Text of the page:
• U.S.

The Double Life of a Don

3 minute read

His name was Aniello Dellacroce, which in Italian means “little lamb of the cross,” and he took pleasure in killing people. “He likes to peer into a victim’s face, like some kind of dark angel, at the moment of death,” a federal agent once said of the Mafia chieftain. As underboss of the Gambino clan, the most powerful of New York’s five families, he was a member and chief enforcer of “the Commission,” the 11-member council that reputedly oversees organized crime around the U.S. Occasionally disguised as a priest under the alias of Father O’Neill, a play on his first name, he traveled about the nation to impose edicts and settle disputes between rival Mafia clans. Few mobsters dared to argue with him. Dellacroce, who died in his sleep in a New York City hospital last week at the age of 71, played another role as well: for almost two decades he was an informant for the FBI.

Though Dellacroce was not very forthcoming about his own crimes, he offered the feds a wealth of information about those committed by his enemies and the Commission. After Carlo Gambino, the capo di tutti capi (boss of bosses), died in 1976, Dellacroce told the FBI that another would-be godfather, Carmine Galante, had been marked for death. Dellacroce had reason to know: plans for the Galante hit were hatched in his own headquarters, the Ravenite Social Club in Manhattan’s Little Italy. The feds were able to isolate and protect Galante as long as he was in prison for parole violations, but after he was released in 1979 Galante was mowed down during an alfresco lunch in the backyard of a Brooklyn restaurant. Other information provided by Dellacroce gave the FBI leads on the still unsolved murder of Teamster Boss Jimmy Hoffa and helped break major narcotics cases, including the so-called Pizza Connection case against 22 U.S. and Sicilian mobsters for heroin trafficking.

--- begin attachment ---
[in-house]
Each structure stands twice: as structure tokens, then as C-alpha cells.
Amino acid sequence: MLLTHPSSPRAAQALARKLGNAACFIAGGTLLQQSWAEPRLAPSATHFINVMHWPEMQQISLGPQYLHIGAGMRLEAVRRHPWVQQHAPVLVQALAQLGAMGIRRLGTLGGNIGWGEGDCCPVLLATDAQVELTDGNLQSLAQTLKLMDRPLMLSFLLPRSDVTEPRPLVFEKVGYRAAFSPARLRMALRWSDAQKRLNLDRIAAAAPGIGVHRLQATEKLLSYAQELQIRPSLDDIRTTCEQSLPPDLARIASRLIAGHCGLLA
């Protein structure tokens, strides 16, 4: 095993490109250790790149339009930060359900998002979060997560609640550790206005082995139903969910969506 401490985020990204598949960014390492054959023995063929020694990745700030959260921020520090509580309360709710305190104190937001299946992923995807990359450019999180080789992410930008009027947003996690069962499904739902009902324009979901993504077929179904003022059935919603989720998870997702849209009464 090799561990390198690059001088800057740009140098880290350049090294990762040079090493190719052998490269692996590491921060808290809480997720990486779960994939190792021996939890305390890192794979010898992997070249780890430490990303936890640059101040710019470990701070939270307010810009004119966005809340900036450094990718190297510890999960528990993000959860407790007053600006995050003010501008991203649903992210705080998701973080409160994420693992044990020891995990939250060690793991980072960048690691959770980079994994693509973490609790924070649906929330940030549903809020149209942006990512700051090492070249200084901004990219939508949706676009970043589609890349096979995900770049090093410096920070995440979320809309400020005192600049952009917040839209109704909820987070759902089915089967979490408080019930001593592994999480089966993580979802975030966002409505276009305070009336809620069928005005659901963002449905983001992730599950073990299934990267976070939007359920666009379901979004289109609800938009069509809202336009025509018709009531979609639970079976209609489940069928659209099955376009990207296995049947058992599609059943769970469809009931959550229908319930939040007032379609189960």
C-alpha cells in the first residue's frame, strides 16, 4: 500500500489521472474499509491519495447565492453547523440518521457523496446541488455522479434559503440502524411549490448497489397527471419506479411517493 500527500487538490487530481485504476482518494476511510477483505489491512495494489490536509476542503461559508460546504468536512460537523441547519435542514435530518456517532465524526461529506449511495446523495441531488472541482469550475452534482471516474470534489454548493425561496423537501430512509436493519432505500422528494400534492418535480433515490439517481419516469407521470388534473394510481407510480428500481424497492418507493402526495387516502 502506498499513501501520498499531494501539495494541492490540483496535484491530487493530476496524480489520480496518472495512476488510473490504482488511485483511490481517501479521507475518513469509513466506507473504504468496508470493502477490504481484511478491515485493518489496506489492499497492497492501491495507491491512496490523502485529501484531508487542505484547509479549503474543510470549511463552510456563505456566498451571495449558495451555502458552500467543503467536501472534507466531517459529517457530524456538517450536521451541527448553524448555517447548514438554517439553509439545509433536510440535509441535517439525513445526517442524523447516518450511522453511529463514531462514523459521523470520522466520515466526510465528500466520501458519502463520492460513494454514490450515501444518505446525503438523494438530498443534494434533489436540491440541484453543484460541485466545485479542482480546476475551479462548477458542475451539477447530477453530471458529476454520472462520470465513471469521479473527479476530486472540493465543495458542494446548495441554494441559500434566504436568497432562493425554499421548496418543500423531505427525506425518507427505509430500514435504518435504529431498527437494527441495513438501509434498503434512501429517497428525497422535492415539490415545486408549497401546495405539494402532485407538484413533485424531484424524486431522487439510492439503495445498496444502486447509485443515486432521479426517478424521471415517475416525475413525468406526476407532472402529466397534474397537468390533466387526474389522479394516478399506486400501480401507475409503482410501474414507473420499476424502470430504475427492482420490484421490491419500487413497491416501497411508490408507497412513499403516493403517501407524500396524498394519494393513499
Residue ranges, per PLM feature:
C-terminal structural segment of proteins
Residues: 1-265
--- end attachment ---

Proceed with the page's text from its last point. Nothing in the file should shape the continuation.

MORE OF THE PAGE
Dellacroce’s double life began one afternoon in the mid-1960s when a limousine swung up to the Ravenite Social Club. Out stepped a tall man in a somber suit carrying a Wall Street banker’s briefcase. “Who’s in charge here?” he demanded. Awed hoodlums ushered the uninvited guest to Dellacroce’s table.

The bold stranger was an FBI agent named Pat Collins. Sitting down with Dellacroce, he began a slow courtship, gradually winning him over by convincing the wary Mafia leader that a private relationship with the federal authorities would not be a bad insurance policy in a high-risk career.

Unlike Teamster Union Boss Jackie Presser, who escaped prosecution on charges of padding union payrolls this year because he was an FBI informant, Dellacroce’s cooperation did not keep him out of jail. In 1972 he was sentenced to five years in prison for income tax evasion. Collins had expected that one day Dellacroce would demand payment for his information, but that never happened. The veteran FBI agent died of a heart attack in 1980 at the age of 51. This year Dellacroce was ordered to stand trial on racketeering and conspiracy charges, along with ten other accused members of the Commission. Whether he hoped the payment would come in the form of exoneration from those charges will probably never be known. Before the trial could begin, the bloodthirsty Little Lamb slipped from the grasp of federal prosecutors.

More Must-Reads from TIME

Contact us at letters@time.com